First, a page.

Friday, June 6, 2014

Everything I needed to know about Software Architecture...I learned from Google App Engine


Software Architecture is a sweeping field of study with an immeasurable range of opinions on how best to approach its execution. While designing a cloud-hosted project involving Google App Engine, I came to realize that there are quite a few similarities between approaches to App Engine development and those applicable to Software Architecture, generally.

Below, I've explored a few concepts that get at my own observations of the connections between Google's cloud application platform and the larger school of thought. If you're familiar with one, but not the other, fear not! Descriptions of each App Engine component are provided, with an explanation of the corresponding architectural concept appended in italics.

What is Google App Engine?

Simply put, Google App Engine (GAE) is a service provided by Google for running applications on their infrastructure. That said, while writing for Google App Engine initially appears to be obvious, adopting an App Engine frame of mind can be a transformative experience.

Divide and Conquer... then Divide Again

Google App Engine was designed to run web applications. Traditionally web applications would start when a request came to the web server, do something, return something, and then end. Most web applications never run for more than a few seconds because after more than a few seconds web surfers conclude that something’s wrong or they move on to something else. Even web applications that appear to be long-running (like Gmail for example) are made of many very small applications (tasks) that run in the background and supply data to their web front-ends. If a task requires more than a few seconds to complete, break it down into smaller pieces that can complete very quickly.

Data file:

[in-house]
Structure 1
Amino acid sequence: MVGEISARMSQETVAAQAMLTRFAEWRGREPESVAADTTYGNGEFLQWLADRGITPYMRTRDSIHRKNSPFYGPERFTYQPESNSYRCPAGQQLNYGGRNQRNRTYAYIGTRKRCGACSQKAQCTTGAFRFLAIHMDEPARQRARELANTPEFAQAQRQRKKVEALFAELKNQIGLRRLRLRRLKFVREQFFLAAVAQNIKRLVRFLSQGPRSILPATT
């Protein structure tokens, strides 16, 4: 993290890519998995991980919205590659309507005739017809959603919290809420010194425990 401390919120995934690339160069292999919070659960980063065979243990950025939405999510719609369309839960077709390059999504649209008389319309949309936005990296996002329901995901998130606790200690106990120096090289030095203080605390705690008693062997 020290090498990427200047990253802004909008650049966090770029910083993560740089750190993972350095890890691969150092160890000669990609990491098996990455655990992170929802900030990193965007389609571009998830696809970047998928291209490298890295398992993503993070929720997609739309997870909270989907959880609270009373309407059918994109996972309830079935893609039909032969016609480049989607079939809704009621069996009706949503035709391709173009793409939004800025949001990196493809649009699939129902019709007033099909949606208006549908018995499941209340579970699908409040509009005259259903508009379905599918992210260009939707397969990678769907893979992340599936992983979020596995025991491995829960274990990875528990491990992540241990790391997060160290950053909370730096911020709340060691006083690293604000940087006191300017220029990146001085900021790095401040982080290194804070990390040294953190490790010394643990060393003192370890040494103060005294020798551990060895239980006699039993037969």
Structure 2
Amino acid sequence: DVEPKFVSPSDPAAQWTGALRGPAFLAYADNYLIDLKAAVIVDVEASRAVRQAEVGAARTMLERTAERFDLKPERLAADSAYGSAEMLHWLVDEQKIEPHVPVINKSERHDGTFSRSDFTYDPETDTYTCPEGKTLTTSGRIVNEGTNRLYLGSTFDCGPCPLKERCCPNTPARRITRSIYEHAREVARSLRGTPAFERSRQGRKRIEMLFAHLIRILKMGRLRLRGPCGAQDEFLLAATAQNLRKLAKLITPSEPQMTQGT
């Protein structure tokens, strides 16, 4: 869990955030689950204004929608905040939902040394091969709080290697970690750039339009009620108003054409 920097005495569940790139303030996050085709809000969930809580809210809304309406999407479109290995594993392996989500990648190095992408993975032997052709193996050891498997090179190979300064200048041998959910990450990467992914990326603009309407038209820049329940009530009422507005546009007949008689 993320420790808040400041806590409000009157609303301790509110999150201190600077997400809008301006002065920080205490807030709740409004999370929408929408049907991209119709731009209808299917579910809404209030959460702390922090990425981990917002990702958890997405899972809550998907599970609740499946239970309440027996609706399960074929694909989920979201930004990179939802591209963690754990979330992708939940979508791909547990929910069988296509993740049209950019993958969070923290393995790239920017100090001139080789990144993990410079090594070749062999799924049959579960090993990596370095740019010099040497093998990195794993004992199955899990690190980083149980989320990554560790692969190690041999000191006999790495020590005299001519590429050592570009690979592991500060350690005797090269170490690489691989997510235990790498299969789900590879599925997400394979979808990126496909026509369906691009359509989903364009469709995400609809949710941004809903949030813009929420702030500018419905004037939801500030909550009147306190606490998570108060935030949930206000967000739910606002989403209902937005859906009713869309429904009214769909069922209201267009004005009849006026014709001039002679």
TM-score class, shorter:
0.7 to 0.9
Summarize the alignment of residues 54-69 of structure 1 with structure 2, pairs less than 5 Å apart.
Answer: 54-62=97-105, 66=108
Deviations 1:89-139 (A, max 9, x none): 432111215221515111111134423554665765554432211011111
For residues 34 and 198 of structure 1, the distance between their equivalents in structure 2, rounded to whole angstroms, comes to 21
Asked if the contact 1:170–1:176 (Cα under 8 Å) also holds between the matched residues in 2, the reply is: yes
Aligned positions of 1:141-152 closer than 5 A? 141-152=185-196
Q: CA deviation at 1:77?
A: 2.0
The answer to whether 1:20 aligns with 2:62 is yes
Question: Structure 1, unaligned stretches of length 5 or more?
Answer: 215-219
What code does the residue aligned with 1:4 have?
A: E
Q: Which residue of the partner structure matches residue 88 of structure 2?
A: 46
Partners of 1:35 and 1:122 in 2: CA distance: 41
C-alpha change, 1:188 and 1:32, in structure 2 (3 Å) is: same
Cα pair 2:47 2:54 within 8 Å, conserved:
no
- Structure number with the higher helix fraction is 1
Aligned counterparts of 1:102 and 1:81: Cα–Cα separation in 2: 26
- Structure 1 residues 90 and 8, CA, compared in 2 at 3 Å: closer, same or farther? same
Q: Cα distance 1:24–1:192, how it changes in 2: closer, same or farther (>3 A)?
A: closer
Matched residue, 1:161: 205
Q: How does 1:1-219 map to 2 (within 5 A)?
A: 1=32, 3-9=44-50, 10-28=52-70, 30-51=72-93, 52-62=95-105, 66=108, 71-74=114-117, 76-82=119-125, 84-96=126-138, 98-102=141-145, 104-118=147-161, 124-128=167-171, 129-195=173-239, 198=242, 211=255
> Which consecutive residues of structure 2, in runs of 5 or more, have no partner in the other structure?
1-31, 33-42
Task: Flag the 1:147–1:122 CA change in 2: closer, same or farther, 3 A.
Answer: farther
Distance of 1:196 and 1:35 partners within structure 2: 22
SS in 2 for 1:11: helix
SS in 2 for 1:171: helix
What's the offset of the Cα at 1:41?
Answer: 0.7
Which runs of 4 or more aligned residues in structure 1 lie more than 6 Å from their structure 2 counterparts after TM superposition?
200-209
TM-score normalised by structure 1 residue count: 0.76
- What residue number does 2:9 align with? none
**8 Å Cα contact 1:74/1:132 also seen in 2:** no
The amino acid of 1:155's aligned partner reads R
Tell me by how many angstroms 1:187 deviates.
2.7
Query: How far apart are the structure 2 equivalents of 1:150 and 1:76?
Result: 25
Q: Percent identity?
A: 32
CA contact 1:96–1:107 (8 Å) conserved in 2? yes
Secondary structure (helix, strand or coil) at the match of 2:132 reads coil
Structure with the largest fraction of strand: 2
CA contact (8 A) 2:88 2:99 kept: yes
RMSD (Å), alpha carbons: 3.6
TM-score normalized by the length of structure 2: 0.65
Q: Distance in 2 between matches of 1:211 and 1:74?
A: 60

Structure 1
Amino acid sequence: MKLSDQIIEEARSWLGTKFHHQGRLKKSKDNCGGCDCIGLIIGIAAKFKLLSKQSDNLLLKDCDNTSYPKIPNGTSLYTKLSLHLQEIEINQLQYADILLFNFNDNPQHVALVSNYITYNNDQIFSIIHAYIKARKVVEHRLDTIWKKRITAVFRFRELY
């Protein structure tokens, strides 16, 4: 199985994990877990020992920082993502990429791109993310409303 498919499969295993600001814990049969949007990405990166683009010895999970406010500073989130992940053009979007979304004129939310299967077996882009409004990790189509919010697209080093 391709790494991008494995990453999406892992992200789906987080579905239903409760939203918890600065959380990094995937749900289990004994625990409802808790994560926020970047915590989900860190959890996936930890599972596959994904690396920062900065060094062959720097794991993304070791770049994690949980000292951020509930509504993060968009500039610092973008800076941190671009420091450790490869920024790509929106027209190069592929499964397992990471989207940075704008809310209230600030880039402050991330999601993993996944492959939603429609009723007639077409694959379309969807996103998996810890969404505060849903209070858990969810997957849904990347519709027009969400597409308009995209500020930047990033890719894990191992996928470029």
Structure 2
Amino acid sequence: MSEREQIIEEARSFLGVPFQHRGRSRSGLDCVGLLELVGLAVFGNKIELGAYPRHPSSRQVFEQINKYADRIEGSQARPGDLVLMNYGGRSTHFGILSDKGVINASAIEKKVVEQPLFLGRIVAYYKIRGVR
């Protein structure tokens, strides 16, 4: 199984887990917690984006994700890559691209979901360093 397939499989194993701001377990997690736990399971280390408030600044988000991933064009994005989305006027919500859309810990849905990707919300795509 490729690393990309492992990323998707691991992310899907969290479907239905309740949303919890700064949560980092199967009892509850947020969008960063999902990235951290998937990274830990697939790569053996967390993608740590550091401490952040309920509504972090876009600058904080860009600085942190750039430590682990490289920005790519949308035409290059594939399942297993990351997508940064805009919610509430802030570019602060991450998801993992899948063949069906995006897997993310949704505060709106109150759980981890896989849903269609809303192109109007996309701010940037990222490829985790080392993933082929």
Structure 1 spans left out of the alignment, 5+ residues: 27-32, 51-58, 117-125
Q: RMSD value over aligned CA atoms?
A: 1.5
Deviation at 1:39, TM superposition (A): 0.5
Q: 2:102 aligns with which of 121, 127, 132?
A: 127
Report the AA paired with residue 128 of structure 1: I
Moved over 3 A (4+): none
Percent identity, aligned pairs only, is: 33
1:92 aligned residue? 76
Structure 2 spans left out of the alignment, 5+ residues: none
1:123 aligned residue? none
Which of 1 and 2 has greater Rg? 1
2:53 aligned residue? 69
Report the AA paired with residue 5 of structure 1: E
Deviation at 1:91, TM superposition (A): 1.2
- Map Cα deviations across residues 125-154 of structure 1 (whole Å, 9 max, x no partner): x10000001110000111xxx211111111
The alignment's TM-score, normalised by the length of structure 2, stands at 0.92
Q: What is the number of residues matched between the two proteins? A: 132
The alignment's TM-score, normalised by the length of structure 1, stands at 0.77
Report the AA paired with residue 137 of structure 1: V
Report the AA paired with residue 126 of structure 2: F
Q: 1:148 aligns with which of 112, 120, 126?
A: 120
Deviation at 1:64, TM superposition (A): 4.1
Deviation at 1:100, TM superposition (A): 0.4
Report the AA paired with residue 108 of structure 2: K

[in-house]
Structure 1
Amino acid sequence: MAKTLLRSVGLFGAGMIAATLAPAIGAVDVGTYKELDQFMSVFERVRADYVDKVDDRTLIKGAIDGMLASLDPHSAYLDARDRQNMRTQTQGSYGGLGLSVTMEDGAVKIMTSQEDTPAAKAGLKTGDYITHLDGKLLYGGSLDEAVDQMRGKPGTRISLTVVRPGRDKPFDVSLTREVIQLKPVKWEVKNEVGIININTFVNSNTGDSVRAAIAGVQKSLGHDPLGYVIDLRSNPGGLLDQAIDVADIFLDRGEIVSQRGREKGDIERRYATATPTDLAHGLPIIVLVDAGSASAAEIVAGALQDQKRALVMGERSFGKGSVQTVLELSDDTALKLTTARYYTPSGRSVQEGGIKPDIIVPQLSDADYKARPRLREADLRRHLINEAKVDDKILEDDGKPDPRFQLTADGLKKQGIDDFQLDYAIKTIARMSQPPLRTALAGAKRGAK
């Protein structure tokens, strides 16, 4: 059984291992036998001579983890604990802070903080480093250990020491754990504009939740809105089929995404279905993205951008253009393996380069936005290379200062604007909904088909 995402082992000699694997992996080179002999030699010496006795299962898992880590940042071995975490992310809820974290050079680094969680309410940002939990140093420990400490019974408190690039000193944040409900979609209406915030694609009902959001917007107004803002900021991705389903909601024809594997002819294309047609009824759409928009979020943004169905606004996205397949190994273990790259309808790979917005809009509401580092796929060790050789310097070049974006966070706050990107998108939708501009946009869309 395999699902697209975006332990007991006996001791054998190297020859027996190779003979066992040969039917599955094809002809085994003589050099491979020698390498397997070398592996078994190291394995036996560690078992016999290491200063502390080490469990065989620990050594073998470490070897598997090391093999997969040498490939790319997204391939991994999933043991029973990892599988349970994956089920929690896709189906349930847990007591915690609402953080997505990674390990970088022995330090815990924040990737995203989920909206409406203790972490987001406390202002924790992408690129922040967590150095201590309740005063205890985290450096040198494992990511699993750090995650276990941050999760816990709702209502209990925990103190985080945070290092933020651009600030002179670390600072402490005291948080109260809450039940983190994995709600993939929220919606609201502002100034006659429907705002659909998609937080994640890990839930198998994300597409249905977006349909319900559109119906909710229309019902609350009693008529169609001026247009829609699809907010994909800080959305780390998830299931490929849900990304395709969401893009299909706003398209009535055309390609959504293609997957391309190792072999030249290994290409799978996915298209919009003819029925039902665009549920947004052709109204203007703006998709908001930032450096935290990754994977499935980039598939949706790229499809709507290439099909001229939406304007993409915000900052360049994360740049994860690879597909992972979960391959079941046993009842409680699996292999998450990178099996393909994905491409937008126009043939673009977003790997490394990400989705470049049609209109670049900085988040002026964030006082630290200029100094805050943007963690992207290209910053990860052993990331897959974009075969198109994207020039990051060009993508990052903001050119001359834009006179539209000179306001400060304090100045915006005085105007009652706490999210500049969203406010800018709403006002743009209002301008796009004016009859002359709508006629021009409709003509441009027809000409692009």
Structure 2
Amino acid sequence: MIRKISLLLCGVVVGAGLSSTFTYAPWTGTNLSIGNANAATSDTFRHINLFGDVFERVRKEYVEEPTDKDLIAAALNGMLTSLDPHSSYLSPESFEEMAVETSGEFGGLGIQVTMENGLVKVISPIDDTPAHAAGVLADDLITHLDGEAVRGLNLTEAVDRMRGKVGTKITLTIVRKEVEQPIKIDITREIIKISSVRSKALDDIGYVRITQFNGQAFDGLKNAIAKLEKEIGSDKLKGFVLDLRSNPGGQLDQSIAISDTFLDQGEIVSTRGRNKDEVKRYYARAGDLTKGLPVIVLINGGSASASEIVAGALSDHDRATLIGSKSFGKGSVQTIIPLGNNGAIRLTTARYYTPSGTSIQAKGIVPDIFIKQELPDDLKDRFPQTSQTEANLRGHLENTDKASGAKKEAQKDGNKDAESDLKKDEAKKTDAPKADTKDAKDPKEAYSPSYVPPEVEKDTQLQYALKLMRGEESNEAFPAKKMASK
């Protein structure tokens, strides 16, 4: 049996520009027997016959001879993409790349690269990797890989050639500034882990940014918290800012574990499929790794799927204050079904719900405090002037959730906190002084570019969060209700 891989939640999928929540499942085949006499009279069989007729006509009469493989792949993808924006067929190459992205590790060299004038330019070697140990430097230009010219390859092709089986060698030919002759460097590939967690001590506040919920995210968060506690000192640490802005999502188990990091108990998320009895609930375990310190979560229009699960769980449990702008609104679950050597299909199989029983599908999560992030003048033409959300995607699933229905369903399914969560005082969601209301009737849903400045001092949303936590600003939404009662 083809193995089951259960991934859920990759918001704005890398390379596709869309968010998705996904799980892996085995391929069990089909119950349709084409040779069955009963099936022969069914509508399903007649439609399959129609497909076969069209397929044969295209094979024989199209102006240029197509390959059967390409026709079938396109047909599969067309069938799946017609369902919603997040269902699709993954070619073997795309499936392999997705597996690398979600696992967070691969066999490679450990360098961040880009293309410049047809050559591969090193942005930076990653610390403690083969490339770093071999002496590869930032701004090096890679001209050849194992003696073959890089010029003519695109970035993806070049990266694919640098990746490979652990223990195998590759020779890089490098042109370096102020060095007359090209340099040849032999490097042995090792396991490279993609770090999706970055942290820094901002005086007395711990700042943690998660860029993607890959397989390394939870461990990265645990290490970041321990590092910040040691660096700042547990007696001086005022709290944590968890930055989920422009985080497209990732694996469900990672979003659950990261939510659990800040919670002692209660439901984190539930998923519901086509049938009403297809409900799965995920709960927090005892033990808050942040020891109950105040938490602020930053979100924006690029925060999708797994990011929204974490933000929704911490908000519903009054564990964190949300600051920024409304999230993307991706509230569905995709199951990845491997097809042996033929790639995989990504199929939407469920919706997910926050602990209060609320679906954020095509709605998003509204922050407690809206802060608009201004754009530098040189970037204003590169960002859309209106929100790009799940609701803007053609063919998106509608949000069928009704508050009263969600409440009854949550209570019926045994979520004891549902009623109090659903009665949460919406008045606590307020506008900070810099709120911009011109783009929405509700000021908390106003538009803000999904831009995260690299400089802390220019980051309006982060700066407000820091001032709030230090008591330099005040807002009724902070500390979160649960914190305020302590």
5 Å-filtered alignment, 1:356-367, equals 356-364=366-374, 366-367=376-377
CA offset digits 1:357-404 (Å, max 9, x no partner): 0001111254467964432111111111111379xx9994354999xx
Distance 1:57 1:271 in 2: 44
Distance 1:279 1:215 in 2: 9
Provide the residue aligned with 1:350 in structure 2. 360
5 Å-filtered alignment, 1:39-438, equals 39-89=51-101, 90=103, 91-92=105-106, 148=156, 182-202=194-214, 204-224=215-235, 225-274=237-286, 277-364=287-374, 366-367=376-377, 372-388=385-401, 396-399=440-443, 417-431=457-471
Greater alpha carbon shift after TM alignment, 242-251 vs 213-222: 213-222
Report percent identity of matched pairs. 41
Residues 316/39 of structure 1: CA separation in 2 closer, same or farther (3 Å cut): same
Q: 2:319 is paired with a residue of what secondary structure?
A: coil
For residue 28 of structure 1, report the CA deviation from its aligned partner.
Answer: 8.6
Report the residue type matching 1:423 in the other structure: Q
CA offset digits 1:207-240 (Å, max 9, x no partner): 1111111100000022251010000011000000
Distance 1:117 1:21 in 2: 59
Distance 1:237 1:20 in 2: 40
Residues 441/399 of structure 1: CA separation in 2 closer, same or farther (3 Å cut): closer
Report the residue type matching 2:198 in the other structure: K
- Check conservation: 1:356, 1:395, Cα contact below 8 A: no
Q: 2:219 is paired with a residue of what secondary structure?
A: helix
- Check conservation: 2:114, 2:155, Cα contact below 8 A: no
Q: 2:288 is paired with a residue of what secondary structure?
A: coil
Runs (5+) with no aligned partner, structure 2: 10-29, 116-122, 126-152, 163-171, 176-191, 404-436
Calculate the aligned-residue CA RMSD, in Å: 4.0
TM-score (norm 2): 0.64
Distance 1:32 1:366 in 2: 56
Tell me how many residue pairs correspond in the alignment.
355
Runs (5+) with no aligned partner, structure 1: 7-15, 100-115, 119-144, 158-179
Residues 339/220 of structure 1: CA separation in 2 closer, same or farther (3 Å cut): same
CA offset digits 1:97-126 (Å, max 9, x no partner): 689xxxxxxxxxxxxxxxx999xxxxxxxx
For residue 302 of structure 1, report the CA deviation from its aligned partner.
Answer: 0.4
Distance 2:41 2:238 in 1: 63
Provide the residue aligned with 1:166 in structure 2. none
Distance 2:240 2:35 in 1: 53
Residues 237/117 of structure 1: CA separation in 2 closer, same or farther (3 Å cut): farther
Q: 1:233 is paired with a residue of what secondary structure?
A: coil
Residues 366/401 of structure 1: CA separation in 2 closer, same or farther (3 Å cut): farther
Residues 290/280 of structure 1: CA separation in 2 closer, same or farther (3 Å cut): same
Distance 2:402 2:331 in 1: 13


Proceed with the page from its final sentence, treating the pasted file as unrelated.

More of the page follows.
- when creating an application, break down larger tasks into progressively smaller pieces until those pieces a very simple and can each be written quickly; if a task is too complex to complete in a relatively short period of time (for example, 4 hours), then it needs to be broken down into smaller tasks that can be completed quickly. Said another way, if a junior developer can’t complete the task in a day, the task needs to be re-architected, typically by sub-dividing that task even further

Many hands...

The concept of breaking down larger projects into small tasks naturally lends itself to specialization. That is, instead of a single large, monolithic application that provides all of the functionality that the application needs, applications written for Google App Engine tend to be highly specialized. That is, instead of one program providing X different functions depending on how it was called, it is typically more efficient to provide X very small programs that each only perform a single action. That’s not to say that all X of these programs are user-facing -- doing so would incur a huge amount of overhead that would multiply the effect of network latency on the end-user’s experience. Rather, it’s often times much more efficient to call additional programs asynchronously and in parallel.

- from a project management perspective, given a sufficiently deconstructed project many developers can work on small, manageable components in parallel. Often times, much of the task-oriented, small-scale development work can happen simultaneously

The engines... they can’t take anymore!

What happens if there’s more work to be done than can happen in a few seconds? App Engine has a service -- Task Queues -- that can help. A Task Queue is a place where Tasks can be queued up for background execution. Google App Engine continually watches the Task Queue and; when it encounters a task to perform, it runs the task as a separate request. Tasks are then removed from the Task Queue as they’re completed. Tasks can, and often do, run in parallel so they’re a great compliment to App Engine’s web processing model. Moreover Tasks can enqueue additional Tasks, that is one Task can handle some portion of a large workload, process for a few seconds, then enqueue a new Task to pick up where the current Task left off. A common concept with background processing and Task Queues in general is to provide the information that Tasks will need later on without having to spend time retrieving data, recomputing values, etc.